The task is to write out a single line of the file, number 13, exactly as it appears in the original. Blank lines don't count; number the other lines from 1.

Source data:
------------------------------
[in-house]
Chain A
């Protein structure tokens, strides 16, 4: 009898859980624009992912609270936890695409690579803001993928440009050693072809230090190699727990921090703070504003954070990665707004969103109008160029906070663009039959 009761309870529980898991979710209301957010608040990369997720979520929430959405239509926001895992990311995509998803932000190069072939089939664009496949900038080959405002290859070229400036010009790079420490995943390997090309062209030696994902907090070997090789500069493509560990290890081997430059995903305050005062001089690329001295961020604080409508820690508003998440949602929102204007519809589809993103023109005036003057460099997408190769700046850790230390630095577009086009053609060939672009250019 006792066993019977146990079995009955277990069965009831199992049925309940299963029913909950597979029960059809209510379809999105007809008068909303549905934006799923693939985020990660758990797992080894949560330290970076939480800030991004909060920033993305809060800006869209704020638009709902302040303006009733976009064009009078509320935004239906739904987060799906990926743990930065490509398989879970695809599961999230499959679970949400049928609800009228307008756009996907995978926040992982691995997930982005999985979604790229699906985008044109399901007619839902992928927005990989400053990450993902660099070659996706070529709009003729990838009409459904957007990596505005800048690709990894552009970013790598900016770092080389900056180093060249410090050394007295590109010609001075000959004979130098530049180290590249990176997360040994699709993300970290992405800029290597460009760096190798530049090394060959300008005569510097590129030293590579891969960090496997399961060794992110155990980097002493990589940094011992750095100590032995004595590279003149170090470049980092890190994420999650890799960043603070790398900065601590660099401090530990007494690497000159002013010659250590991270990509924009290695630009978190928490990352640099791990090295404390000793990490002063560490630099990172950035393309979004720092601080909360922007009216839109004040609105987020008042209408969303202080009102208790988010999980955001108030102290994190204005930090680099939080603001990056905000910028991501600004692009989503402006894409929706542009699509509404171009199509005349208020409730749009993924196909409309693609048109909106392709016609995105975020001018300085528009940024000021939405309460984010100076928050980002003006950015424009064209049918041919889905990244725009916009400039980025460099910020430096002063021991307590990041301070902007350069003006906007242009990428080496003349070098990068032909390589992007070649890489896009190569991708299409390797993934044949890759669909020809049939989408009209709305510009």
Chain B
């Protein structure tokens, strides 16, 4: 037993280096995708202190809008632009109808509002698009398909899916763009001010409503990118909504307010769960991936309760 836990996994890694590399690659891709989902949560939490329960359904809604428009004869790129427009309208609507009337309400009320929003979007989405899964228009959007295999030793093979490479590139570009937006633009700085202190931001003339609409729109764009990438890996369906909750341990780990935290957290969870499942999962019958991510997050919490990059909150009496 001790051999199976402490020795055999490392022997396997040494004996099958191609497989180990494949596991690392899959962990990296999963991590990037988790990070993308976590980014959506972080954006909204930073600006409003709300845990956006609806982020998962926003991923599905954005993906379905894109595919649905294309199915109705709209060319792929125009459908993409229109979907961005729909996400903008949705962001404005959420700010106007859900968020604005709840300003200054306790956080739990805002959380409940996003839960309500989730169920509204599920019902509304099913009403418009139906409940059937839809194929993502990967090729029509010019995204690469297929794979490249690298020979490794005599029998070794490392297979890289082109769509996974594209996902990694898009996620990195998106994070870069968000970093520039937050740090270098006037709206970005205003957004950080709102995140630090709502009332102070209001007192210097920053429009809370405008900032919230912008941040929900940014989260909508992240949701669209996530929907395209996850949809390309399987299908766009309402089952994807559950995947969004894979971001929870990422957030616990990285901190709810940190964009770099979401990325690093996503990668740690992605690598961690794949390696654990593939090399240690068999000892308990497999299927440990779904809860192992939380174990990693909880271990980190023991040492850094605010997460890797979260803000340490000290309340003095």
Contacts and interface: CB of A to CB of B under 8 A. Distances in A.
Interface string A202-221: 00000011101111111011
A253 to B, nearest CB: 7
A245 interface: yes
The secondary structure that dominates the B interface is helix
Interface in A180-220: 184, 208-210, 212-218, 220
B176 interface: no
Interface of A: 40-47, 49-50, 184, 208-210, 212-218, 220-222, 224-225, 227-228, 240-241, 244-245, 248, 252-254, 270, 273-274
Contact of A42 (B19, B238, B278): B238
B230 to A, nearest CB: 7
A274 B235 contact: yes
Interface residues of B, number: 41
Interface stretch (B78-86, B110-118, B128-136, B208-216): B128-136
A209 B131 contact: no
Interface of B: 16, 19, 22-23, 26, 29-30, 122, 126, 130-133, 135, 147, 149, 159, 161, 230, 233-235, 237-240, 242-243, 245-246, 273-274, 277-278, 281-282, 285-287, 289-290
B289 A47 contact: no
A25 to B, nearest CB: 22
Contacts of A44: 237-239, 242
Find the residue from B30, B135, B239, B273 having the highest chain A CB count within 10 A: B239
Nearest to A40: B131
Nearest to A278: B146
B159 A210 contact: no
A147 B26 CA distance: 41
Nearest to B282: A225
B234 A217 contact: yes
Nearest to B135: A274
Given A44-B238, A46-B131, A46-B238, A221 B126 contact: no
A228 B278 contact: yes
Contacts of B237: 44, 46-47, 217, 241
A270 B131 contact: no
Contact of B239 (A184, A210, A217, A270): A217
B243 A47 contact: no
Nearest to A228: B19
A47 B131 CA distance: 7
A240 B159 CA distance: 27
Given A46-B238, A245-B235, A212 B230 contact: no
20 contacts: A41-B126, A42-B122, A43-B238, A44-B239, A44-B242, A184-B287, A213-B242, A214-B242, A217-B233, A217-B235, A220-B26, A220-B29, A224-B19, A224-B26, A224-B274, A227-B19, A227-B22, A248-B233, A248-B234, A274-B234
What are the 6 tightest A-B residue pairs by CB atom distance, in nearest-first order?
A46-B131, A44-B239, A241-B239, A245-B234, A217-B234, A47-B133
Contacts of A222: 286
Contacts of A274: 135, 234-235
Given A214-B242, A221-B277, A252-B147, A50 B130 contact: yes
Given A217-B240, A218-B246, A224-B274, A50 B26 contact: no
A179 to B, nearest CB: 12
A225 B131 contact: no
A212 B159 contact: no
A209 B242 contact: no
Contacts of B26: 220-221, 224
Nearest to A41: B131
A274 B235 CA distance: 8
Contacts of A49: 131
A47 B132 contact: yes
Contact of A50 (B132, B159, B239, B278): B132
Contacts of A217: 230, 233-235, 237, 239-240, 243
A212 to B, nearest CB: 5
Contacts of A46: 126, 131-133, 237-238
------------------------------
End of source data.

Interface of A: 40-47, 49-50, 184, 208-210, 212-218, 220-222, 224-225, 227-228, 240-241, 244-245, 248, 252-254, 270, 273-274